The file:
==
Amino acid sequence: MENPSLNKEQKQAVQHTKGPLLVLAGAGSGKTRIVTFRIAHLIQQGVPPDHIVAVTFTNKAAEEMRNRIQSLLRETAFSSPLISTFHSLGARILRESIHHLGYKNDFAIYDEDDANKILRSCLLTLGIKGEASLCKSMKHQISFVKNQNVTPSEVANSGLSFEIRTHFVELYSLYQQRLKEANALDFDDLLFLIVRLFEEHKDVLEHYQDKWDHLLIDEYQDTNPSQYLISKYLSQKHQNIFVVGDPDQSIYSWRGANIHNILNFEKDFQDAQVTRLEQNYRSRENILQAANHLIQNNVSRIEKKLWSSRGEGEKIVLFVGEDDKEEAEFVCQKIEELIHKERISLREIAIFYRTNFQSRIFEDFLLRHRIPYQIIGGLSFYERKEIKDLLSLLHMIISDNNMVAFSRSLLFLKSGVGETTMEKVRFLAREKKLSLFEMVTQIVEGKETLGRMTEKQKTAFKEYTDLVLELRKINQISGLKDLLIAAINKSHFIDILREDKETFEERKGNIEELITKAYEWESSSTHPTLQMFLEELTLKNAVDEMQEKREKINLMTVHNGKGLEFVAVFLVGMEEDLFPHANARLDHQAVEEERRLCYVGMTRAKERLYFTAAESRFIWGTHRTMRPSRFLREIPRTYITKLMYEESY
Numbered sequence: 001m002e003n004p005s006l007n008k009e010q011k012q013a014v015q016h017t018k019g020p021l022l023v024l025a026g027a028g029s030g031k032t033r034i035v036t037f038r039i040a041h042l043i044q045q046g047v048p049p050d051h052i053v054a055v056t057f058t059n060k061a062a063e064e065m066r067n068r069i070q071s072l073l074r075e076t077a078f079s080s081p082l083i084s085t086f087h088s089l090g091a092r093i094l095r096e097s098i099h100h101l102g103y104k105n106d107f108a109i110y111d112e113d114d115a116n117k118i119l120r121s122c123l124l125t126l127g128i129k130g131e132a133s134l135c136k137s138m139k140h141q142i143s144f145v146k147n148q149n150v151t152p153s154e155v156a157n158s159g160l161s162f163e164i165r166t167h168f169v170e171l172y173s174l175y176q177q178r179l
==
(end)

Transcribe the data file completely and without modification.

Amino acid sequence: MENPSLNKEQKQAVQHTKGPLLVLAGAGSGKTRIVTFRIAHLIQQGVPPDHIVAVTFTNKAAEEMRNRIQSLLRETAFSSPLISTFHSLGARILRESIHHLGYKNDFAIYDEDDANKILRSCLLTLGIKGEASLCKSMKHQISFVKNQNVTPSEVANSGLSFEIRTHFVELYSLYQQRLKEANALDFDDLLFLIVRLFEEHKDVLEHYQDKWDHLLIDEYQDTNPSQYLISKYLSQKHQNIFVVGDPDQSIYSWRGANIHNILNFEKDFQDAQVTRLEQNYRSRENILQAANHLIQNNVSRIEKKLWSSRGEGEKIVLFVGEDDKEEAEFVCQKIEELIHKERISLREIAIFYRTNFQSRIFEDFLLRHRIPYQIIGGLSFYERKEIKDLLSLLHMIISDNNMVAFSRSLLFLKSGVGETTMEKVRFLAREKKLSLFEMVTQIVEGKETLGRMTEKQKTAFKEYTDLVLELRKINQISGLKDLLIAAINKSHFIDILREDKETFEERKGNIEELITKAYEWESSSTHPTLQMFLEELTLKNAVDEMQEKREKINLMTVHNGKGLEFVAVFLVGMEEDLFPHANARLDHQAVEEERRLCYVGMTRAKERLYFTAAESRFIWGTHRTMRPSRFLREIPRTYITKLMYEESY
Numbered sequence: 001m002e003n004p005s006l007n008k009e010q011k012q013a014v015q016h017t018k019g020p021l022l023v024l025a026g027a028g029s030g031k032t033r034i035v036t037f038r039i040a041h042l043i044q045q046g047v048p049p050d051h052i053v054a055v056t057f058t059n060k061a062a063e064e065m066r067n068r069i070q071s072l073l074r075e076t077a078f079s080s081p082l083i084s085t086f087h088s089l090g091a092r093i094l095r096e097s098i099h100h101l102g103y104k105n106d107f108a109i110y111d112e113d114d115a116n117k118i119l120r121s122c123l124l125t126l127g128i129k130g131e132a133s134l135c136k137s138m139k140h141q142i143s144f145v146k147n148q149n150v151t152p153s154e155v156a157n158s159g160l161s162f163e164i165r166t167h168f169v170e171l172y173s174l175y176q177q178r179l